Windows XP is officially gone, but lives on forever through this ‘blissful’ image

windows xp gone lives blissful image microsoft bliss desktop

On Tuesday, April 8, Microsoft is set to retire its popular Windows XP operating system after more than 12 years on the market. There were many features of the OS that will not be forgotten by its vast amount of users, but perhaps most notable of all is the default wallpaper image that has since become one of the most recognizable images in technology history.

While many people thought the image of a sky interspersed with gentle clouds set against a tranquil, green pasture was created by digital means, the image was actually taken by American photographer Charles O’Rear in 1996. O’Rear composed the image “Bliss” during a trip through California’s flourishing wine country.

"Bliss," as seen today in California's Sonoma Valley.

“Bliss,” as seen today in California’s Sonoma Valley.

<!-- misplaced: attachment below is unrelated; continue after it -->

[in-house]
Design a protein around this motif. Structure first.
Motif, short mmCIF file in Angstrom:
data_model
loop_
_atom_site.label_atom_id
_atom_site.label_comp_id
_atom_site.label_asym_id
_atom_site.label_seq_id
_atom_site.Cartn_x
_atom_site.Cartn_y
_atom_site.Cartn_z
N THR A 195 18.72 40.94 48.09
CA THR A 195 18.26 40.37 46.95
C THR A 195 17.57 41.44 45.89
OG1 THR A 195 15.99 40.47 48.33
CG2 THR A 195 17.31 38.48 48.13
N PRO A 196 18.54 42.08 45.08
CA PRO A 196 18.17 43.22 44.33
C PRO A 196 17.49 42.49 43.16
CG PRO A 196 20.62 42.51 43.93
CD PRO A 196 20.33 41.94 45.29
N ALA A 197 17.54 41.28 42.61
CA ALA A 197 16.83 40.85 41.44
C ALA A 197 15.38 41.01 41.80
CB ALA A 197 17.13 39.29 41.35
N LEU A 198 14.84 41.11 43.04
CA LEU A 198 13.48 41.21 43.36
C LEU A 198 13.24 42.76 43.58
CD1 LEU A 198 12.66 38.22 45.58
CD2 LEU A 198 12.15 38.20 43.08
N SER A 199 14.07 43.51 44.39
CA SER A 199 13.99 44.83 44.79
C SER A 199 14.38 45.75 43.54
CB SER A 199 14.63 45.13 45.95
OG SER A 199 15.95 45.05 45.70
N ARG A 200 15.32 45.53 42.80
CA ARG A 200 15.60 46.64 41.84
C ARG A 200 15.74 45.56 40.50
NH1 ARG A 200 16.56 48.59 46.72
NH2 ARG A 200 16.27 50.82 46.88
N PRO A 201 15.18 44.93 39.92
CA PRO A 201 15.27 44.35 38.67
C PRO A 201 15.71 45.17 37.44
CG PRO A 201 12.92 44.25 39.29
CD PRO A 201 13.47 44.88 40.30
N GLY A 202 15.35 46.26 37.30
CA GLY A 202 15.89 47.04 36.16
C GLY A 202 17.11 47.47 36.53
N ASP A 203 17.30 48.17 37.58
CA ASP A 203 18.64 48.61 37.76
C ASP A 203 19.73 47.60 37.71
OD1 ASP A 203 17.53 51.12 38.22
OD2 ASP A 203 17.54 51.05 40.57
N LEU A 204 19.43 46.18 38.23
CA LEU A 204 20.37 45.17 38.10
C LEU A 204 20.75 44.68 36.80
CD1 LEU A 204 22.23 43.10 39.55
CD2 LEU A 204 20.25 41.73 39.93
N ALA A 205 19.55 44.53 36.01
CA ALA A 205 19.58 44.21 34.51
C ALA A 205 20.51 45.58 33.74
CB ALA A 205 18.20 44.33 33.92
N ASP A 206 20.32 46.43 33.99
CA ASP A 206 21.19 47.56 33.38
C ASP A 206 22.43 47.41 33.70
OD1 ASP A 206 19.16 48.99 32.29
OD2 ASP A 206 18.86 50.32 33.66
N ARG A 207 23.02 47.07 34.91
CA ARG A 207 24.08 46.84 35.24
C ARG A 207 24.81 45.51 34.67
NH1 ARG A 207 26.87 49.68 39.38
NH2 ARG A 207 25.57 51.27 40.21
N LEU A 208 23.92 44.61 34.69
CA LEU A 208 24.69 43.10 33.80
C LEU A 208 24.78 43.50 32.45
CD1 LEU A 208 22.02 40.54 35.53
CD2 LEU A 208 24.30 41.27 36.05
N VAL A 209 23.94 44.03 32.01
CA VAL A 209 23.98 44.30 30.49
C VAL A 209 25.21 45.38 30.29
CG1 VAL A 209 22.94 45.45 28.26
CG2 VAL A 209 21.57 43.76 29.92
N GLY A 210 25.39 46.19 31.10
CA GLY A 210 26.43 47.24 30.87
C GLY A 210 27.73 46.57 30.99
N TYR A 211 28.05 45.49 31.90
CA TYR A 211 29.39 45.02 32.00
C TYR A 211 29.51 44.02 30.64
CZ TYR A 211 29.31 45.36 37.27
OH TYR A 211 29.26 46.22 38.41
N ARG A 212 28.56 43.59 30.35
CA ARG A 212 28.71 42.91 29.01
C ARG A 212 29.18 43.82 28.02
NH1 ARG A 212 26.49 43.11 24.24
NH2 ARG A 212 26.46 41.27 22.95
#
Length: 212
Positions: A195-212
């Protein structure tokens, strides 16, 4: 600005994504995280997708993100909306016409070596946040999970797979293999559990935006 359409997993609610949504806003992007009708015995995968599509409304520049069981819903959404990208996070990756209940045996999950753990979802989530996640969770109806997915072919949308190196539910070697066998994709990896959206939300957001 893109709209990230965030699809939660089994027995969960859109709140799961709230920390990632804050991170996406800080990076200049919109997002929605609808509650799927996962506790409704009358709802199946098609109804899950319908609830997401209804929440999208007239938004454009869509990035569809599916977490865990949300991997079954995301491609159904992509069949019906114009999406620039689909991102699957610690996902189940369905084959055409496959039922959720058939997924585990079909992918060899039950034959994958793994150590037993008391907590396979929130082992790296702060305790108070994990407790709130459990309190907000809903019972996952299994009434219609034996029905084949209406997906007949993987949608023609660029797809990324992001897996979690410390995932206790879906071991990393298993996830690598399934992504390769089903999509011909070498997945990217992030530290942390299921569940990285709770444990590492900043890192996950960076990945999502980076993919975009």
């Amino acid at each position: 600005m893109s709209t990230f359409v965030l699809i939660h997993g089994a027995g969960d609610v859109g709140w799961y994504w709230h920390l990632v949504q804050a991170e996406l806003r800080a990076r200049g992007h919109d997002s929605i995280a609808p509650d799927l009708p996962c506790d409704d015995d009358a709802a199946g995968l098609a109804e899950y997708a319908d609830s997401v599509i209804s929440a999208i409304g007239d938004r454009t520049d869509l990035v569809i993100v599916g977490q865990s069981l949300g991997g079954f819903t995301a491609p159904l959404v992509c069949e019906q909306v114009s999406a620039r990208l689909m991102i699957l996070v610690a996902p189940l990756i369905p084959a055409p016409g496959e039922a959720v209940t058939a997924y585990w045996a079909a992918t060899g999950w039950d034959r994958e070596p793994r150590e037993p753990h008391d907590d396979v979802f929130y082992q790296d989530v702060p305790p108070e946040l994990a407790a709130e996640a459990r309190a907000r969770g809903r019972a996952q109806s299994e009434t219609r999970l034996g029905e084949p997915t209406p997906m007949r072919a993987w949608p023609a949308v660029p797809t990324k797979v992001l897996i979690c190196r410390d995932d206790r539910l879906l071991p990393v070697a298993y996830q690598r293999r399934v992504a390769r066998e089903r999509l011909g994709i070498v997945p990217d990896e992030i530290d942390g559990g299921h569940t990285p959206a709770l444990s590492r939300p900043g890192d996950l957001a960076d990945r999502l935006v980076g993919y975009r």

While on his way to visit his girlfriend and future wife Daphne, O’Rear noticed how the passing storms gave a brilliant vibrancy to the area, and using his Mamiya RZ67 film camera, he captured an image that would become a reliable mainstay of the Windows brand.

In a recent interview with CNET, O’Rear said he uploaded an unaltered version of  “Bliss” to the stock photo and image licensing service Corbis, which was founded in 1989 by former Microsoft CEO Bill Gates, but the image was slightly retouched using Photoshop before becoming the first image that greeted mid-90s Windows users.

O’Rear’s image was purchased for an undisclosed amount and a non-disclosure agreement with Microsoft prevents him from going into specifics, but the former National Geographic and Los Angeles Times photographer claims the sum was the largest-ever paid for a single image.

With Windows XP moving to its own greater pasture, the aptly titled “Bliss” will remain etched into the minds of millions for years to come. Corbis now boasts a stock of over 100 million images, but finding a more iconic image will be no easy feat.

(Via CNET)